Dutch Government Responsible For Death Of Thousands Of Animals

Andrea A.

The scheme known as the "Dutch Serengeti", set up by the Dutch government has been savaged by an official report after thousands of animals starved.The Ostvaardersplassen nature reserve, established in 1968 on a polder and classified as a Ramsar site since 1989, has been plagued by serious problems since the reintroduction of large herbivores, which have devoured the vegetation, leading to a scarcity of food.

Source: Utrecht Robin/Action Press/Rex Shutterstock

More than half the large herbivores of the reserve– red deer, Konik horses and Heck cattle– have died from starvation.The population grew from 5,230 to 1850 meaning that 90% of the animals were shot dead before they succumbed to famine, as indicated by a damning official report.The Dutch government's policy sparked a strong protest among citizens, some of whom even organized groups to feed the animals bytossing straw at them. Olympic champion Anky van Grunsven, as well as the famous magician, Hans Klok, have also stepped up to denounce this "animal abuse", while rangers and ecologists on the reserve have received many death threats.

Source: Utrecht Robin/Action Press/Rex Shutterstock

For Patrick van Veen, a biologist at the origin of the petition against the reserve, Ostvaardersplassen is a bitter failure.

You’d expect 20 or 30% to die of natural causes including starvation each year but the population grows in summertime and there is no control mechanism – normally you’d have predators such as wolves but it’s too small an area to have predators.

Demonstrations and protests are organized regularly. In the eyes of the population, this project is "an elite project", a "secret experiment". The public does not have access to the reserve because Heck cattle are considered dangerous.

Source: Joris van Gennip / Hollandse Hoogte/Eyevine

For a large majority of the Dutch, the reserve is like a desert, where dead carcasses, dead trees and thinner-than-livestock animals are just neglected.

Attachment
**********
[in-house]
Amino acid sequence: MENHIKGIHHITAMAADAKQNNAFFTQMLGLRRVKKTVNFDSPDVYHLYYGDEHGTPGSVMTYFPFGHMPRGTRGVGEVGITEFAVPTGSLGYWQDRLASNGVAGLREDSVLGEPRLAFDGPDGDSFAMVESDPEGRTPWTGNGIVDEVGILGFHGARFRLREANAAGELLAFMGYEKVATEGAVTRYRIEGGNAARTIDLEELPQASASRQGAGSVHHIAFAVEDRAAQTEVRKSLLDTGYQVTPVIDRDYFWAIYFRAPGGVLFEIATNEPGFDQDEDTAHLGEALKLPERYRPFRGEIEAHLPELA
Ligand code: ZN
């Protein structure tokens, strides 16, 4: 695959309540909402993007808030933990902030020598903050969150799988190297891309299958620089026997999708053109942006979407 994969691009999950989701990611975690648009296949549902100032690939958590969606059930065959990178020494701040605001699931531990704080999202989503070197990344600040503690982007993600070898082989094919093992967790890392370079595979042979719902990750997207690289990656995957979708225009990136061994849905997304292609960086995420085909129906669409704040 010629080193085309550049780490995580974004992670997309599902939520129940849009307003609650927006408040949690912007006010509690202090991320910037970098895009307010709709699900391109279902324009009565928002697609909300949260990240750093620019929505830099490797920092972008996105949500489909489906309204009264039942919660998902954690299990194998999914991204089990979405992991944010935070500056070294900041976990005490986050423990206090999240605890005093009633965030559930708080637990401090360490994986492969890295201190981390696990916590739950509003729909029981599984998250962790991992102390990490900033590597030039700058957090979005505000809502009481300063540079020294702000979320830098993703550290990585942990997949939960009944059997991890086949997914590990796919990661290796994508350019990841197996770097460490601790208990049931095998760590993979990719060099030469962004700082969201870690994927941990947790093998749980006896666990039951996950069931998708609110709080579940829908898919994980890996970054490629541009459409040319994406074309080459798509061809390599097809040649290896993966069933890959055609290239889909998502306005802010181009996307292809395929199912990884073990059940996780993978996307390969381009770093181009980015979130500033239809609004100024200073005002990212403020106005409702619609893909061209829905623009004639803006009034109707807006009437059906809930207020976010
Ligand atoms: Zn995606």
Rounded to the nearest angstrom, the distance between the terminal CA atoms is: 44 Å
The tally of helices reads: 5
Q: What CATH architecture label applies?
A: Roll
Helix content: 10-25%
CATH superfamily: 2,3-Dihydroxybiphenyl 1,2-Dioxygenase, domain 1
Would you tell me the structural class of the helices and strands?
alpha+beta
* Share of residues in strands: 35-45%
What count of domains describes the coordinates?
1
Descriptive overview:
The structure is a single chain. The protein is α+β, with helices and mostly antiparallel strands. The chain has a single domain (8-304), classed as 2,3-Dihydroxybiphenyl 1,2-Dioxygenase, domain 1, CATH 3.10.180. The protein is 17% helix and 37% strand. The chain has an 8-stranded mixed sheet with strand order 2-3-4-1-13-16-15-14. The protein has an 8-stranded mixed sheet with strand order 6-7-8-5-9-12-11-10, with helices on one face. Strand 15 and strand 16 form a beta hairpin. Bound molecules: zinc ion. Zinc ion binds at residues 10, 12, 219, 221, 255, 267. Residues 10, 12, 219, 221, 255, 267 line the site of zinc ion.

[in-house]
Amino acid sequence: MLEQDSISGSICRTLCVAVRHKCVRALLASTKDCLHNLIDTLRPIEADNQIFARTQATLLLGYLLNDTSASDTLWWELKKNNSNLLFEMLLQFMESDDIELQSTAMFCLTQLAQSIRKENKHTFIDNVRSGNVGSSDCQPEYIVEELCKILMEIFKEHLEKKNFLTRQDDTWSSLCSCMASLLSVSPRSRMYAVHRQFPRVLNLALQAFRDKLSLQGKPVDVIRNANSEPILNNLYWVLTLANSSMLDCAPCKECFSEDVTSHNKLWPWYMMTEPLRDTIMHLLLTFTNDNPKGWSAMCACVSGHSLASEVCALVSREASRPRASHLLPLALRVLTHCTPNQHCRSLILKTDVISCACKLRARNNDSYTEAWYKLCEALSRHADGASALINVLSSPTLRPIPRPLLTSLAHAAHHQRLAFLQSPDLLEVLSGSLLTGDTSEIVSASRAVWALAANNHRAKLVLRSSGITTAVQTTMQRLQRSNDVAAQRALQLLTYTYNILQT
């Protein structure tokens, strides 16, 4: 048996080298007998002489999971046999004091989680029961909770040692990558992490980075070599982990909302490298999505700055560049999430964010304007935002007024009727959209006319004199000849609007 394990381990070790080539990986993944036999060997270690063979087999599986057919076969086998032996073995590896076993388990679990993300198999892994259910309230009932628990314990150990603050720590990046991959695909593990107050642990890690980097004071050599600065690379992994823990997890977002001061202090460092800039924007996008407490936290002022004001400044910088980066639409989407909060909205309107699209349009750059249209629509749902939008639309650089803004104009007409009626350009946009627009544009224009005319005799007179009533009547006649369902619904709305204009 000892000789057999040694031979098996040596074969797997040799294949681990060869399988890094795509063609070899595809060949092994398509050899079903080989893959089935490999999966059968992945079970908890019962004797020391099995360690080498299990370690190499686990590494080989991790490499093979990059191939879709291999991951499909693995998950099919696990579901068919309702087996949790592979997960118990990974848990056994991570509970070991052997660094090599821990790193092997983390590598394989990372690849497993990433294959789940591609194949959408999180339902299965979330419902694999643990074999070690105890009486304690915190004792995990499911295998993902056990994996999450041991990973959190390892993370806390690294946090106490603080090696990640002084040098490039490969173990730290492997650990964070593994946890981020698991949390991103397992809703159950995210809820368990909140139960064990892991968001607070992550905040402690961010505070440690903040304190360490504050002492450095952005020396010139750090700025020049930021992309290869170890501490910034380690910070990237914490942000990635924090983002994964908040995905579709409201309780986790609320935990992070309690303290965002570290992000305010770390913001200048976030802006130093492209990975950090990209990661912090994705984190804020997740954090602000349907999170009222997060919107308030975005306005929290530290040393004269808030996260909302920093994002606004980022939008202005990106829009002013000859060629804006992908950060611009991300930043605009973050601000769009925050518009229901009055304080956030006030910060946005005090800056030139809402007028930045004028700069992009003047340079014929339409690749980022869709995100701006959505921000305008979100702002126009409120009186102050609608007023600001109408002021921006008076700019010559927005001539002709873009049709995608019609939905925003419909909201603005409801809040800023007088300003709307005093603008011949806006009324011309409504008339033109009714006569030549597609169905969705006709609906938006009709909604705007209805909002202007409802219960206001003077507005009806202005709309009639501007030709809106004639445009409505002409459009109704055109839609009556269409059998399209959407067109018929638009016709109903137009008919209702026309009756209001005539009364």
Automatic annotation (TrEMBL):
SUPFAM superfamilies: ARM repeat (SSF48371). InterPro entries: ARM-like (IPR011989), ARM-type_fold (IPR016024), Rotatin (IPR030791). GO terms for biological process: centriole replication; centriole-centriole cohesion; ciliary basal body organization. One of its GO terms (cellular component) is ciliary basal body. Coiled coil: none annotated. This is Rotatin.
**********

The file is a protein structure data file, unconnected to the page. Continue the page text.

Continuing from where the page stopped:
Source: Pierre Crom/Getty Images

According to Han Olff, professor of ecology at the University of Groningen, the biodiversity at Oostvaardersplassen is still burgeoning:

Some people say the ecosystem is dying. Some people, like me, say the ecosystem is just coming alive.

His faith in the project was not altered by the report of the Dutch authorities. For him, it's just about letting nature speak.

A small group of people have made a tremendous noise, especially horse owners. They withhold a free life from their horses and justify that by feeding them too much food. Here the horses can choose its own mates, form social groups and sometimes die because in the herd they are the weakest link.

Source: Utrecht Robin/Action Press/REX Shutterstock

Ecologists hope that if more of the reserve is opened up to the public, they can come to see for themselves the viability of the project.

People say it’s a desert, it’s been overgrazed but they don’t see the landscape variability, so we need to much better allow access to the grazing and marsh areas to tell the story of this young, developing ecosystem.

Oostvaardersplassen is a unique zone in Europe, and Han Olff simply explains that the species that die there and disappear are species that have not been able to adapt, and that are replaced by other, more resistant species. "It’s just changing, it’s not better or worse, it’s just something different", Olff explains.

H/t: The Guardian